An employment authorization document permits foreign fiancees in the United States on a K-1 visa to work prior to being approved for Green Card status. In many instances, couples opt not to apply for employment authorization and simply await the foreign fiance’s adjustment to Lawful Permanent Residence.

Once a foreign fiance is adjusted to lawful permanent residence, he or she may still be required to eventually apply for a lift of conditions. Those in the USA as a lawful permanent resident based upon marriage are placed in conditional status for the first two years of their presence in the USA if the couple was married less than 2 years at the time they acquired lawful permanent residence.

The above analysis could be utilized for K3 visa purposes as well. However, as the K-3 visa is currently being issued in very rare instances due to administrative closure policies at the National Visa Center, this blogger only mentions this issue as an aside.

For related information please see: K-1 Visa Thailand.

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11th January 2011

Those who read this blog with any regularity may have noticed that the administration routinely posts the holiday closing schedules of the multiple United States Embassies and United States Consulates in Asia. This is done in an effort to hopefully forestall fruitless trips to an American Embassy abroad on a holiday. The following was quoted directly from the United States Consulate in Hyderabad, India:

DAY DATE HOLIDAY TYPE
Friday December 31, 2010* New Year’s Day (American)

Friday January 14 Sankranthi (Indian)
Monday January 17 Martin Luther’s King’s Birthday American
Wednesday January 26 Republic Day Indian
Monday February 21 Washington’s Birthday American
Monday April 4 Ugadi Indian
Friday April 22 Good Friday Indian
Monday May 30 Memorial Day American
Monday July 4 Independence Day American
Monday August 15 Independence Day Indian
Wednesday August 31 Idu’l Fitr# Indian
Thursday September 1 Ganesh Chaturthi Indian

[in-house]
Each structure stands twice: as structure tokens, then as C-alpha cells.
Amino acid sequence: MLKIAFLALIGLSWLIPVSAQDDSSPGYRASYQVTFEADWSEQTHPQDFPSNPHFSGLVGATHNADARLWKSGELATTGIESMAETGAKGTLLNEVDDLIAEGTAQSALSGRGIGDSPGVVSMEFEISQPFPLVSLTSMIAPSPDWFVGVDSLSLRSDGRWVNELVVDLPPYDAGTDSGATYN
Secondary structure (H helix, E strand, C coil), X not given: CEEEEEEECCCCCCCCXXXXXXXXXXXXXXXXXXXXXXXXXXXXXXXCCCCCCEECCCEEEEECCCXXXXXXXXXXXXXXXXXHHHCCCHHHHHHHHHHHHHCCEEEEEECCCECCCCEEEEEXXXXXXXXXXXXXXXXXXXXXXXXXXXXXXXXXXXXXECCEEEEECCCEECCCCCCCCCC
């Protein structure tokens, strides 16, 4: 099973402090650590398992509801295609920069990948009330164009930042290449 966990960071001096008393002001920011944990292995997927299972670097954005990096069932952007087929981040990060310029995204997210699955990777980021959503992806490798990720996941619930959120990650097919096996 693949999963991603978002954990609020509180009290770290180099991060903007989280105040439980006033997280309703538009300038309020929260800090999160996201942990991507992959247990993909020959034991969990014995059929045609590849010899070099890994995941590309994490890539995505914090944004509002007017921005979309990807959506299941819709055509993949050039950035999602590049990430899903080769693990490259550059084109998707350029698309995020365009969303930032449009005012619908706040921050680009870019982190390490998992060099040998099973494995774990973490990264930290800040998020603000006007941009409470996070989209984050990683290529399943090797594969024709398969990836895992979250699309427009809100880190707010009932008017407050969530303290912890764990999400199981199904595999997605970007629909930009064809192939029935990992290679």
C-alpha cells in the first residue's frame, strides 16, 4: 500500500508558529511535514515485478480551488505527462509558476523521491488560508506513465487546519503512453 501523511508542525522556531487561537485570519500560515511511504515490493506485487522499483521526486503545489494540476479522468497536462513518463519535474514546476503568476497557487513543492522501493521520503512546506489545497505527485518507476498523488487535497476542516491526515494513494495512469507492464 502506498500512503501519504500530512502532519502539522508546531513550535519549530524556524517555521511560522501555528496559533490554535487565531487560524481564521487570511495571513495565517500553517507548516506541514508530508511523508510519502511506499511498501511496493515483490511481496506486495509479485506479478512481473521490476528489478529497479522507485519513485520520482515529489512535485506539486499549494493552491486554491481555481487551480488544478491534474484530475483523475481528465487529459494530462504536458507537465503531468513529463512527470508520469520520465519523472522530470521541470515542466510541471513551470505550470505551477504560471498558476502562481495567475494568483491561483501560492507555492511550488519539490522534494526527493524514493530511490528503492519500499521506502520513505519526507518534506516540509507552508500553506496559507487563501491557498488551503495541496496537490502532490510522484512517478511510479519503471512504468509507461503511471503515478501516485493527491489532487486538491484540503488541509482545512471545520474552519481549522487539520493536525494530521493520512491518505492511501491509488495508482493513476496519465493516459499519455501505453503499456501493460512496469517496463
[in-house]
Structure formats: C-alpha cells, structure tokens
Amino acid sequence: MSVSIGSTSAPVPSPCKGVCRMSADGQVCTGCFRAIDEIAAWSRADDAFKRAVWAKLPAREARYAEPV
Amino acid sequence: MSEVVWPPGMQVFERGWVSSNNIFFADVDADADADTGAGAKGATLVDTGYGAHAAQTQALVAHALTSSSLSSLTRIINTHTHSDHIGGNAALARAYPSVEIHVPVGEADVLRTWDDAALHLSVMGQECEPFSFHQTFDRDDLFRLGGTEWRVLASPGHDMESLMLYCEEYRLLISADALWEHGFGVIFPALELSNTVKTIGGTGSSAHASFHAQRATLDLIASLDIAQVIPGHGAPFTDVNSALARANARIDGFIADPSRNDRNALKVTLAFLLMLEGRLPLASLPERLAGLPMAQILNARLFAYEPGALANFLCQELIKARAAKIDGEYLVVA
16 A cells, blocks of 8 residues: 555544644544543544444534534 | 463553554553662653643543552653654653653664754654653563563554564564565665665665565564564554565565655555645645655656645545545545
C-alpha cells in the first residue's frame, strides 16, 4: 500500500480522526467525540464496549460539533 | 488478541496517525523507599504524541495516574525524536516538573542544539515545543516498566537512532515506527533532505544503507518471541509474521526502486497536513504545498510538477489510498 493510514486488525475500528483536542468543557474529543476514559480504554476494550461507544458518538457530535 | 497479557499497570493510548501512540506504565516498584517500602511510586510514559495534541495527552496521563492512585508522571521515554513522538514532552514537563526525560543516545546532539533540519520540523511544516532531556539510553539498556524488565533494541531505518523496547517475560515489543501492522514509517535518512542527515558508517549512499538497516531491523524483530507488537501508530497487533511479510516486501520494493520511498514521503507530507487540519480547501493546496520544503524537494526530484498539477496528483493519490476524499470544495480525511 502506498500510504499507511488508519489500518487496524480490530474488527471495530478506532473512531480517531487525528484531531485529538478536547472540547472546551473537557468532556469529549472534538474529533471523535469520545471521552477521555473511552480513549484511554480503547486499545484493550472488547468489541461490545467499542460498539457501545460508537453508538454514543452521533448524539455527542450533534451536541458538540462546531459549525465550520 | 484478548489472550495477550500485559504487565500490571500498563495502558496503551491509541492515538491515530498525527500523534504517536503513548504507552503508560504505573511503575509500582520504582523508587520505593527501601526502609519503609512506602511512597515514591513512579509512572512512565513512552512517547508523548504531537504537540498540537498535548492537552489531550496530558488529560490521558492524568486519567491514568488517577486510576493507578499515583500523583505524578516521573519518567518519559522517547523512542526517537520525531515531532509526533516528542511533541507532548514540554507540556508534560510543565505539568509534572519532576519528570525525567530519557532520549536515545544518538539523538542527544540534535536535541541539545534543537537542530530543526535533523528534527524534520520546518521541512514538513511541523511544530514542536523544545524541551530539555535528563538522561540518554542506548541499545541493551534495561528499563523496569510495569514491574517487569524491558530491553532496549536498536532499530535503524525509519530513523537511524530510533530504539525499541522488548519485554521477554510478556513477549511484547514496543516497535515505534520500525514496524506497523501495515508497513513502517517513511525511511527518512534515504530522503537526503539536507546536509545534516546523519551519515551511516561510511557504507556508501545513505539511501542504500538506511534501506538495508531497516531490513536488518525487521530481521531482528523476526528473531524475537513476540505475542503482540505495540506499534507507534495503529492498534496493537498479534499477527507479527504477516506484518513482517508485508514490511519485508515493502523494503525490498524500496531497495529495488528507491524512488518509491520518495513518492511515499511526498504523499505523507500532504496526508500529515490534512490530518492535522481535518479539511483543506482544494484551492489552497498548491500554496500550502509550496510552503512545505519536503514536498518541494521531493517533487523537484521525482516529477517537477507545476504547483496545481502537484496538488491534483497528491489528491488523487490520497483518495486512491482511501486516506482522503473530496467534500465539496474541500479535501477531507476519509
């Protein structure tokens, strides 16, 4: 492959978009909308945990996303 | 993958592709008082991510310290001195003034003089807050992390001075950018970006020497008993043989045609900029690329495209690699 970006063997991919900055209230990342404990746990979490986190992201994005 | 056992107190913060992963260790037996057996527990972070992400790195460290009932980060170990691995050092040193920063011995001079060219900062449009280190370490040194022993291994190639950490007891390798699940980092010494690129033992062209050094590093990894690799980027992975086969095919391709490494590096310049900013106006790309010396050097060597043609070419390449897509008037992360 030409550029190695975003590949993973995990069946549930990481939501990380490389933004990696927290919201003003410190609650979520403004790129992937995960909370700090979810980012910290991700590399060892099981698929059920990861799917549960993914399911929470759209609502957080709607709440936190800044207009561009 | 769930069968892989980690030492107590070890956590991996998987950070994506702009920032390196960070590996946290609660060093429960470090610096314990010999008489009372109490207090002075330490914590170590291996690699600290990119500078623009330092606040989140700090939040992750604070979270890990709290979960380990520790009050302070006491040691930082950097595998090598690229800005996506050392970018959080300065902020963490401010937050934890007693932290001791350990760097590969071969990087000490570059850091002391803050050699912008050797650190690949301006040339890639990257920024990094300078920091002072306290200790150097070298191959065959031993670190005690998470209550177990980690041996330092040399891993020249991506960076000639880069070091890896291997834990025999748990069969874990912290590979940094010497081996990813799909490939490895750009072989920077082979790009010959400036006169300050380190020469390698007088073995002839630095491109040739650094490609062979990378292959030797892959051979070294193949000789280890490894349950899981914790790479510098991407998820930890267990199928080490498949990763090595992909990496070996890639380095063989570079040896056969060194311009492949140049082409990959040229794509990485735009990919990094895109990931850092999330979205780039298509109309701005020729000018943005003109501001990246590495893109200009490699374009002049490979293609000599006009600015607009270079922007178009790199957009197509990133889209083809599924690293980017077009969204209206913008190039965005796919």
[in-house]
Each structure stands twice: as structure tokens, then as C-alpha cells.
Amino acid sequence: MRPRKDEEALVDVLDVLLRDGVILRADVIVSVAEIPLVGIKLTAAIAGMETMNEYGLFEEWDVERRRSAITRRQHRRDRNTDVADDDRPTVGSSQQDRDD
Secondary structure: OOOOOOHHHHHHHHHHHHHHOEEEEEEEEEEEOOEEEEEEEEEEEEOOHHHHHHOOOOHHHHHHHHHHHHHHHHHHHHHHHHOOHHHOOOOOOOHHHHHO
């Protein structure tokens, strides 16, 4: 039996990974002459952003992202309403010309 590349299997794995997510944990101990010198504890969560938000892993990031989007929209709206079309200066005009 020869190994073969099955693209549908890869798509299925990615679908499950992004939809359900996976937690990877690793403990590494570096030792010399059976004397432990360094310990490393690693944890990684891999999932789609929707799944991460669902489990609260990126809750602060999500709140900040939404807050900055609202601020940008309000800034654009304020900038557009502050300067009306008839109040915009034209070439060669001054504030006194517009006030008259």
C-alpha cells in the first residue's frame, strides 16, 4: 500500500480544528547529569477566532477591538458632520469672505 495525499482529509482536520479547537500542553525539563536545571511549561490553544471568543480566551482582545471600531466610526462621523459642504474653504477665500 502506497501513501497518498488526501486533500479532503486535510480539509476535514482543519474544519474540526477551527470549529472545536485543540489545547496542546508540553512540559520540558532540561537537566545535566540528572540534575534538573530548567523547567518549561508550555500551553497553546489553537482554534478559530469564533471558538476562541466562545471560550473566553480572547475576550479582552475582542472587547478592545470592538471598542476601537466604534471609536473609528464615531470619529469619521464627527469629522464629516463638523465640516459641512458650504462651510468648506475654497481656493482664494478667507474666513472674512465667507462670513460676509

Monday September 5 Labor Day American
Thursday October 6 Dusshera Indian
Monday October 10 Columbus Day American
Wednesday October 26 Diwali Indian
Monday November 7 Idu’Zua Indian
Friday November 11 Veterans Day American
Thursday November 24 Thanksgiving Day American
Monday December 26** Christmas Day American

* In lieu of January 1, 2011 (Saturday)

** In lieu of December 25, 2011 (Sunday)

(#)  Exact date to be confirmed according to the lunar calendar

Note: In the year 2011, one Indian National Holiday, Mahatma Gandhi’s Birthday, falls on Sunday. The post will observe this holiday on Sunday, October 2, 2011.

Those seeking issuance of a Consular Report of Birth Abroad, US Passport, or new visa pages for a previously issued United States Passport are well advised to contact an American Citizen Services Section of the nearest US Embassy or Consulate. In many cases, those seeking such services can make an appointment in advance and thereby streamline the overall process.

For those wishing to visit the official homepage of the US Consulate in Hyderabad directly please click HERE.

Those seeking non-immigrant visas such as the US tourist visa are generally required to process their application through a Non-Immigrant Visa Unit of a US Consulate abroad. In virtually all cases, such applications must be scrutinized pursuant to section 214(b) of the United States Immigration and Nationality Act.

Those seeking family based visas such as the IR-1 visa or the CR1 Visa are generally required to process such applications through an Immigrant Visa (IV) Unit. The K1 visa application, although technically for a non-immigrant US fiance visa, is processed in much the same manner as an Immigrant visa.

Those seeking an EB-5 visa (Immigrant Investor Visa) or an L-1 visa (intra-company transferee visa) are usually required to first obtain an approved immigration petition from the United States Citizenship and Immigration Service (USCIS).

For related information please see: K1 Visa India.

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11th January 2011